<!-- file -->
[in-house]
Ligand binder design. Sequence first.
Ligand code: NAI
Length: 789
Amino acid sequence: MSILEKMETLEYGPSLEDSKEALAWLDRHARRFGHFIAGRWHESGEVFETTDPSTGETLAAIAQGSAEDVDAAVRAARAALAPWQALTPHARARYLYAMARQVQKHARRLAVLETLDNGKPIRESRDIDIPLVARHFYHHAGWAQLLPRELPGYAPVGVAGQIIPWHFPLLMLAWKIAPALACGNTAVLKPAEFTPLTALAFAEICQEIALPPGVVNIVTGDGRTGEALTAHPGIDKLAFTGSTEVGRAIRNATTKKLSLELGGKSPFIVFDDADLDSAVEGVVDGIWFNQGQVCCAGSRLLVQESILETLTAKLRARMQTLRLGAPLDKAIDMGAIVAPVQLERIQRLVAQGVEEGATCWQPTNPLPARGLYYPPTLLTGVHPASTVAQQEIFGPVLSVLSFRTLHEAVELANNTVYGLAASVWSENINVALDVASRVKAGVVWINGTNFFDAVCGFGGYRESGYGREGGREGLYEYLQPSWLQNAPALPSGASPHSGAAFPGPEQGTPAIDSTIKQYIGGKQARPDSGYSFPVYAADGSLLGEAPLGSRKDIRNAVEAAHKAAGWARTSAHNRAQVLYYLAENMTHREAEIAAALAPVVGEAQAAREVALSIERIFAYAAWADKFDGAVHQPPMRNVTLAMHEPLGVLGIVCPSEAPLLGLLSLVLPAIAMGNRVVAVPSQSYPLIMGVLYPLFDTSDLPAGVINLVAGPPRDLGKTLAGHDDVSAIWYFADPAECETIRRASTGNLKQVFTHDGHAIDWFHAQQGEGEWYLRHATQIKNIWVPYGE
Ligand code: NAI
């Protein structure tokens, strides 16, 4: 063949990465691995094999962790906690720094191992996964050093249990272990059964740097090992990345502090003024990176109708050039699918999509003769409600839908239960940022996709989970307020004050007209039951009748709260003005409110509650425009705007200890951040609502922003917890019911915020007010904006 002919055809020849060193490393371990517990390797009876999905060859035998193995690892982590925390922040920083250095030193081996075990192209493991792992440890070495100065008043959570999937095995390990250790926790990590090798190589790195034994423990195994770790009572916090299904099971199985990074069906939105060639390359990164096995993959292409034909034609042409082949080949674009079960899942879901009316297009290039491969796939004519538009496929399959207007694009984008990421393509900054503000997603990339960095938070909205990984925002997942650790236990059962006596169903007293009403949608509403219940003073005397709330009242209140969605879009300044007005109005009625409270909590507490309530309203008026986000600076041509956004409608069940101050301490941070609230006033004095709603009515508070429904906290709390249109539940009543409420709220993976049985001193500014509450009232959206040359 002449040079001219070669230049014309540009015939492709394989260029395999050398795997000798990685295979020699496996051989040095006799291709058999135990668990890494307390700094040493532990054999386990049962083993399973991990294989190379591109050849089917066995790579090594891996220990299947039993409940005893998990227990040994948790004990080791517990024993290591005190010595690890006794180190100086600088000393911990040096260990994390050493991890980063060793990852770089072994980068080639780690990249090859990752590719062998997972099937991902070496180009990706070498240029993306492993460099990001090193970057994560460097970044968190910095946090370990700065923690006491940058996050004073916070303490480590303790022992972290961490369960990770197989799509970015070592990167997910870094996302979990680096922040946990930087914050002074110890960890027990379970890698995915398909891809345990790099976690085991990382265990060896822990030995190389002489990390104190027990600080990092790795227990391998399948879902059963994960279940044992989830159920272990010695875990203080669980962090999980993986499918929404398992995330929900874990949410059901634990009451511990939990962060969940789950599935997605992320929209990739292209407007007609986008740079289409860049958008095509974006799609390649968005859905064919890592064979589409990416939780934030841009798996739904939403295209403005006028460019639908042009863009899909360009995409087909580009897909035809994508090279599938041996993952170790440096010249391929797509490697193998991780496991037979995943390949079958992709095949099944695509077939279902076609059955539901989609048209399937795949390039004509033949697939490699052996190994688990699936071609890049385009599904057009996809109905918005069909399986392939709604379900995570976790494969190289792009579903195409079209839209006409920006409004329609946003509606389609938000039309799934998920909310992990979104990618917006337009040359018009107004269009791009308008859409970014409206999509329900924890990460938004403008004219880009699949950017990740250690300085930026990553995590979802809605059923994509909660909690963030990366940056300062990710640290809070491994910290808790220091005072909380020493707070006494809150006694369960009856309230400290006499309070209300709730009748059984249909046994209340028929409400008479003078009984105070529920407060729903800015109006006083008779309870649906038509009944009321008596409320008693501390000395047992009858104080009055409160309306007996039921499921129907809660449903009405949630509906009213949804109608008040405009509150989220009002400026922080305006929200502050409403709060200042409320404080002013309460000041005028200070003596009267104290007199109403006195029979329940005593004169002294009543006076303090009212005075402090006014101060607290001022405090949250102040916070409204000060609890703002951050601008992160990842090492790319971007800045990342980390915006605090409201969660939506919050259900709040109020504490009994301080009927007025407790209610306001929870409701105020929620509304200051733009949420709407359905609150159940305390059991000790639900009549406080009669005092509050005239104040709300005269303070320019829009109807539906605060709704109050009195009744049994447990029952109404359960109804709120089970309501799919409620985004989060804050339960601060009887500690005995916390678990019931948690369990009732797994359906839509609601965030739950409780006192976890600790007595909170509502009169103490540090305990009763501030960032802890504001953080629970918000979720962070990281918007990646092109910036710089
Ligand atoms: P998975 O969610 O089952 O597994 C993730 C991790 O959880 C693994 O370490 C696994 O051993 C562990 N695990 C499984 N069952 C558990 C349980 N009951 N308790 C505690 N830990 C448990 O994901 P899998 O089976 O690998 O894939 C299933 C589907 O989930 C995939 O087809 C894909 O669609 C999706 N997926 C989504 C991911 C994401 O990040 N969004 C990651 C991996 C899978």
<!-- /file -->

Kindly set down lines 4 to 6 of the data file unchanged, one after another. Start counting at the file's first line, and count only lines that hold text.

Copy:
Length: 789
Amino acid sequence: MSILEKMETLEYGPSLEDSKEALAWLDRHARRFGHFIAGRWHESGEVFETTDPSTGETLAAIAQGSAEDVDAAVRAARAALAPWQALTPHARARYLYAMARQVQKHARRLAVLETLDNGKPIRESRDIDIPLVARHFYHHAGWAQLLPRELPGYAPVGVAGQIIPWHFPLLMLAWKIAPALACGNTAVLKPAEFTPLTALAFAEICQEIALPPGVVNIVTGDGRTGEALTAHPGIDKLAFTGSTEVGRAIRNATTKKLSLELGGKSPFIVFDDADLDSAVEGVVDGIWFNQGQVCCAGSRLLVQESILETLTAKLRARMQTLRLGAPLDKAIDMGAIVAPVQLERIQRLVAQGVEEGATCWQPTNPLPARGLYYPPTLLTGVHPASTVAQQEIFGPVLSVLSFRTLHEAVELANNTVYGLAASVWSENINVALDVASRVKAGVVWINGTNFFDAVCGFGGYRESGYGREGGREGLYEYLQPSWLQNAPALPSGASPHSGAAFPGPEQGTPAIDSTIKQYIGGKQARPDSGYSFPVYAADGSLLGEAPLGSRKDIRNAVEAAHKAAGWARTSAHNRAQVLYYLAENMTHREAEIAAALAPVVGEAQAAREVALSIERIFAYAAWADKFDGAVHQPPMRNVTLAMHEPLGVLGIVCPSEAPLLGLLSLVLPAIAMGNRVVAVPSQSYPLIMGVLYPLFDTSDLPAGVINLVAGPPRDLGKTLAGHDDVSAIWYFADPAECETIRRASTGNLKQVFTHDGHAIDWFHAQQGEGEWYLRHATQIKNIWVPYGE
Ligand code: NAI